Friday Night – Solo Camping

The original internet flyer for the race mentioned camping the night before, and I was interested, so I emailed the race director, but he was unaware of anyone else planning to camp.  I could NOT miss out on an opportunity to camp in the “Blair Witch woods”, this course takes place about 3 miles from Burkittsville, MD, where the three film makers entered the fictitious “Black Hills Woods”  Yeah, technically not the same woods, but who cares.  I chose to camp alone.

War Correspondent’s ArchDSC05307 The Appalachian TrailDSC05318

Was it particularly scary, no.  Nothing any different than camping somewhere else.  My biggest concern was having a state park employee come by and tell me I have to move because I wasn’t in a designated camping location.  It didn’t happen. In fact, the only thing of any significance was one two occasions, a car pulled into the parking area, and it looked like people were smoking something.  Maybe it’s a good place for teens to come smoke a joint.  Other than that, it was pretty cold and I woke up several times to pee and/or cover myself up more.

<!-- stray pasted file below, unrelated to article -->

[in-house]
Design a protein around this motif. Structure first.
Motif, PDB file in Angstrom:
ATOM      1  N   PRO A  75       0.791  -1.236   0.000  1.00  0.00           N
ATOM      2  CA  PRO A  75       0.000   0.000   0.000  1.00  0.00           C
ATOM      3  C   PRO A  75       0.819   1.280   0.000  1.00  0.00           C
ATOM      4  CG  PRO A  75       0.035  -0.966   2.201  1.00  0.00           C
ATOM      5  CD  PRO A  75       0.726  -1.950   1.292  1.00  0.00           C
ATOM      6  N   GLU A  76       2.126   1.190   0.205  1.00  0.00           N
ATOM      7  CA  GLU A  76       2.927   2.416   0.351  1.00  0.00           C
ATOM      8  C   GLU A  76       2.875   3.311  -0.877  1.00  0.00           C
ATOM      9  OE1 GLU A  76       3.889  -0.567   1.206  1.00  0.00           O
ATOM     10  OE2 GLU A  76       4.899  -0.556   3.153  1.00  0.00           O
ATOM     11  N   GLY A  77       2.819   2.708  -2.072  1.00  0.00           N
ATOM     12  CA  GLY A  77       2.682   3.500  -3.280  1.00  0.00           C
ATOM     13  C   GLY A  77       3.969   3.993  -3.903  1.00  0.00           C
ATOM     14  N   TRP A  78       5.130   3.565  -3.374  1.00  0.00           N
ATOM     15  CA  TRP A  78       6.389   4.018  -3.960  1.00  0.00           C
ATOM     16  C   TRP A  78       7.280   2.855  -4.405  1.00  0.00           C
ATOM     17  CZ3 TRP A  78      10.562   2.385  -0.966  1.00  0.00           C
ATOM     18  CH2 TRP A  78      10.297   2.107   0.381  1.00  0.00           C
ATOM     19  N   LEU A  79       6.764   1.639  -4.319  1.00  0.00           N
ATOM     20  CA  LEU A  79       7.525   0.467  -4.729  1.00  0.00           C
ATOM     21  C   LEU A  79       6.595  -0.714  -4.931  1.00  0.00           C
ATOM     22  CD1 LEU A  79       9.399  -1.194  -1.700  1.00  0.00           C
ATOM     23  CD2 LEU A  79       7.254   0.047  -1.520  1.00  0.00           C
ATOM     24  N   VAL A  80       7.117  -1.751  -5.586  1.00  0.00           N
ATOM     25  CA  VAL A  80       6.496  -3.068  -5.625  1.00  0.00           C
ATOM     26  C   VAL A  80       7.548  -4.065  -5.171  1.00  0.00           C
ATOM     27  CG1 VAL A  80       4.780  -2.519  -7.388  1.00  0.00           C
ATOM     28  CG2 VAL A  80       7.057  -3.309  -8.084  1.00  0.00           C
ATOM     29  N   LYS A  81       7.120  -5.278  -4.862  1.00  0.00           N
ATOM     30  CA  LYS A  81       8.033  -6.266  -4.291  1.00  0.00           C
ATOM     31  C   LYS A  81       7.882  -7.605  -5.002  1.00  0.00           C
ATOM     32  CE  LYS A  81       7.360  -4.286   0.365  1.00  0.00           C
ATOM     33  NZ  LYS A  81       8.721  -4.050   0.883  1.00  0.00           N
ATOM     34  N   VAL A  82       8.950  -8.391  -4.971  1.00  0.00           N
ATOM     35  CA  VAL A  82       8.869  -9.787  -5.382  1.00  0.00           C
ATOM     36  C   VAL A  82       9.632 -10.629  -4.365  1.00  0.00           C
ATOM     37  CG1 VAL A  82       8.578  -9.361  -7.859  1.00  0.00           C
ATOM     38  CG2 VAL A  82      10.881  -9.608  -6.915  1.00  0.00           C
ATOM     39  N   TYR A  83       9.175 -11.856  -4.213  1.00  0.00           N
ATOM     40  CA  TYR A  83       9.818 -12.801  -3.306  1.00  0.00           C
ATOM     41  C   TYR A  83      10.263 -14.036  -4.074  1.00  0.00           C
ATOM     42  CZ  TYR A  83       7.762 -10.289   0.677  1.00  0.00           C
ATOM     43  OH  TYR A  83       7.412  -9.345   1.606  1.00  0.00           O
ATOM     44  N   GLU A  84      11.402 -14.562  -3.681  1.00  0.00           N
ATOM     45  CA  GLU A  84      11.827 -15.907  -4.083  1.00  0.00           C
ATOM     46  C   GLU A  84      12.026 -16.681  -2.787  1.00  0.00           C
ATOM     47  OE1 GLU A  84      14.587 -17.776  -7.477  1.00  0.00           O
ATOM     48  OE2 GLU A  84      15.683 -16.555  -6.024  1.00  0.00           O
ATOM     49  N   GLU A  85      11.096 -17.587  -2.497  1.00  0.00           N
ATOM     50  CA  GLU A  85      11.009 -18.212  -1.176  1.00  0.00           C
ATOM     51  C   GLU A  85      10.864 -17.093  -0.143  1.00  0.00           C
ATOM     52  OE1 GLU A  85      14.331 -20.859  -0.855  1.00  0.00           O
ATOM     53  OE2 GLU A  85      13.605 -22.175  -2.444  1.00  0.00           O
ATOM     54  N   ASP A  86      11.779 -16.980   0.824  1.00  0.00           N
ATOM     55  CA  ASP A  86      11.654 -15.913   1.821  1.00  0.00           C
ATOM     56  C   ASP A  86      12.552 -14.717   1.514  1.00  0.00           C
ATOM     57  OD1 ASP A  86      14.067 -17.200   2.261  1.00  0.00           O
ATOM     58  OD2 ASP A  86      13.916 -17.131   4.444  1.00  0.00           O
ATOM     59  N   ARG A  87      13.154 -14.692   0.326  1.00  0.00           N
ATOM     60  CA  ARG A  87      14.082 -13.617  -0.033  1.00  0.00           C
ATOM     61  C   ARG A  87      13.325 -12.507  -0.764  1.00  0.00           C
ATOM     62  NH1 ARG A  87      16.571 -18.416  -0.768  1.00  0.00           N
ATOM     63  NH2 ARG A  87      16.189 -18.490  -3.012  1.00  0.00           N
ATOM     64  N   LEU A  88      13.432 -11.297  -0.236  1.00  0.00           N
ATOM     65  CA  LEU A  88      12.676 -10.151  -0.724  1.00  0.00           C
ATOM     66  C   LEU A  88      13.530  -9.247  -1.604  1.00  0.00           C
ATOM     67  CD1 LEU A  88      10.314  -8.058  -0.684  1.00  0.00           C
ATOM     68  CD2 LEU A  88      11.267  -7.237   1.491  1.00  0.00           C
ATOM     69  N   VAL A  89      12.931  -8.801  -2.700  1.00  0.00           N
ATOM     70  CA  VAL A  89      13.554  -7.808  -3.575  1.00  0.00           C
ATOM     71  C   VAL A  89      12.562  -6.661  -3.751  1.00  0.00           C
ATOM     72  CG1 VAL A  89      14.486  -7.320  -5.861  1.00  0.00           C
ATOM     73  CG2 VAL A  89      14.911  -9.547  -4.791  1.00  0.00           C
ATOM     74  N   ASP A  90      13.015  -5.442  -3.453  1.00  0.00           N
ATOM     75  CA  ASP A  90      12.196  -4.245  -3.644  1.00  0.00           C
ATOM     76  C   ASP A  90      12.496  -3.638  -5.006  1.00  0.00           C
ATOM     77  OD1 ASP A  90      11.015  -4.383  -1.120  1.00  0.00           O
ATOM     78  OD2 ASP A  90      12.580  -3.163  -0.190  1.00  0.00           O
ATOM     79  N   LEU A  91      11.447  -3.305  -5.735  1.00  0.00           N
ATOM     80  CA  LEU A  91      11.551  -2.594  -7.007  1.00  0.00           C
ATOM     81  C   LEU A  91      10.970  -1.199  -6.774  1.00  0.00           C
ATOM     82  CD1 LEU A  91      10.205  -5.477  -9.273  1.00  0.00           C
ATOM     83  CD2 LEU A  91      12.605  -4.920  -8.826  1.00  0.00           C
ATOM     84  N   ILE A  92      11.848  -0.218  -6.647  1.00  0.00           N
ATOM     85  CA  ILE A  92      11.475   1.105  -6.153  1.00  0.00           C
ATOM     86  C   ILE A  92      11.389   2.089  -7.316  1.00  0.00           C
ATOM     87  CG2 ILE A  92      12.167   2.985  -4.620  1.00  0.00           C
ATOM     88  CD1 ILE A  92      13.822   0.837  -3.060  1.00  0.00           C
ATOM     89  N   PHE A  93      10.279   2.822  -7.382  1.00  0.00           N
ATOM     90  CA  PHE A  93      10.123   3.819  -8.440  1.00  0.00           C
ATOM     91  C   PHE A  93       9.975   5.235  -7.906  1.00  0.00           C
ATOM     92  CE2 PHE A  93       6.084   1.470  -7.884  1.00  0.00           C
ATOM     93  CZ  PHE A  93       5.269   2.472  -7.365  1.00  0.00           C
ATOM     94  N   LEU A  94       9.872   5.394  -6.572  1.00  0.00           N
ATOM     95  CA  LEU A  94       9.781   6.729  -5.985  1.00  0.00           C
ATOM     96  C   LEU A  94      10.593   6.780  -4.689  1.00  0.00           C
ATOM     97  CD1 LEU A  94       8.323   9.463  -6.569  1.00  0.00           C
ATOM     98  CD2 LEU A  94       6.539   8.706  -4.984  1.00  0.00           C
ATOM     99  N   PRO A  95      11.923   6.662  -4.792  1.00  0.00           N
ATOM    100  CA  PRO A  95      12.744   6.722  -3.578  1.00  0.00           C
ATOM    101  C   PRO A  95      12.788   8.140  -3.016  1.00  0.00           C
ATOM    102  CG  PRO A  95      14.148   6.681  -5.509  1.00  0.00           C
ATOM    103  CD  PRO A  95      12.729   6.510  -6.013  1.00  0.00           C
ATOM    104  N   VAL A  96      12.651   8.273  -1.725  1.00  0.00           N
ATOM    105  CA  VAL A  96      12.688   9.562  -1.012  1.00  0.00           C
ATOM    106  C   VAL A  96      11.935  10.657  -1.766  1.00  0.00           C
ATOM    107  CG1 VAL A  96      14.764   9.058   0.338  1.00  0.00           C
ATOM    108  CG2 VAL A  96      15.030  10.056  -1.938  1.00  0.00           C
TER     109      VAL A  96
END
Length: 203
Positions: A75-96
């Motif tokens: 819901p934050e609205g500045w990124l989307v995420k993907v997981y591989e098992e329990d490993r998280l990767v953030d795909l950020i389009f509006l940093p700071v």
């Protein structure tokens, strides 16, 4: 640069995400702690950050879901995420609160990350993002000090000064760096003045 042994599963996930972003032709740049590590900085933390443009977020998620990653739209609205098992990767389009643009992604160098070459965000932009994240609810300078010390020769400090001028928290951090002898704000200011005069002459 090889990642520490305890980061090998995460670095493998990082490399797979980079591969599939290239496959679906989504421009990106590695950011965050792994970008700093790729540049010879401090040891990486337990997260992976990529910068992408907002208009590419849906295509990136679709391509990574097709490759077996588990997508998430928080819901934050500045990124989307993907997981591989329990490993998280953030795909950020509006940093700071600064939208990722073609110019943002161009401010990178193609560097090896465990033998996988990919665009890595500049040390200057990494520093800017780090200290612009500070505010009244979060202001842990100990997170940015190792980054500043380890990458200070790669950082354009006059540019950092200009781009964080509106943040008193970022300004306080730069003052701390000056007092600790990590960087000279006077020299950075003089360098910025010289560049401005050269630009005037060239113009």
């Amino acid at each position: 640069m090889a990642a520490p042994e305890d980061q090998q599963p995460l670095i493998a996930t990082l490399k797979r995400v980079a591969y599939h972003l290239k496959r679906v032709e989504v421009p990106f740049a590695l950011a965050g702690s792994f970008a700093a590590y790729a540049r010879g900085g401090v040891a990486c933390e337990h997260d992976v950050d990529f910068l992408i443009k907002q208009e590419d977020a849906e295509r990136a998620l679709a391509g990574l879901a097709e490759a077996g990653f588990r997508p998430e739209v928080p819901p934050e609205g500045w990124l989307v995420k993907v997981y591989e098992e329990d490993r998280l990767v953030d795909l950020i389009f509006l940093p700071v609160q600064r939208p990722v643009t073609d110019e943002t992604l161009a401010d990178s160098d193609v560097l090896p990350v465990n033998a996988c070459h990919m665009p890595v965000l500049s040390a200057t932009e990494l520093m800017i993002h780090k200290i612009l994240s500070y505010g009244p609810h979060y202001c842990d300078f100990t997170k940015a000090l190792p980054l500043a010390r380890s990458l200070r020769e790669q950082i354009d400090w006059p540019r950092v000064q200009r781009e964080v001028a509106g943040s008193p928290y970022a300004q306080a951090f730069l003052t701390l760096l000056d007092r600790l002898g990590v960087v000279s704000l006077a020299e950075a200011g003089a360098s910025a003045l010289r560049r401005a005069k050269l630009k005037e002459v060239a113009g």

Barn RuinsBarn RuinsMy CampsiteMe!

Start to First Aid Station

I awoke the next morning and quickly packed up the camping gear, changed into my running clothes, and ate some breakfast.  Nick left a drop bag near the first aid station, then headed towards the start.  Since he wasn’t officially registered for the race, he held back from the race start and met up with my about a mile into the race, but before it started he came over and we chatted a bit.  Shortly before the start, I dropped my contributions to the aid stations, and checked in.  No bib, but we were tracked with a sharpie marked number.  The Race Director gathered us all around, made some announcements, and unceremoniously told us to “go”.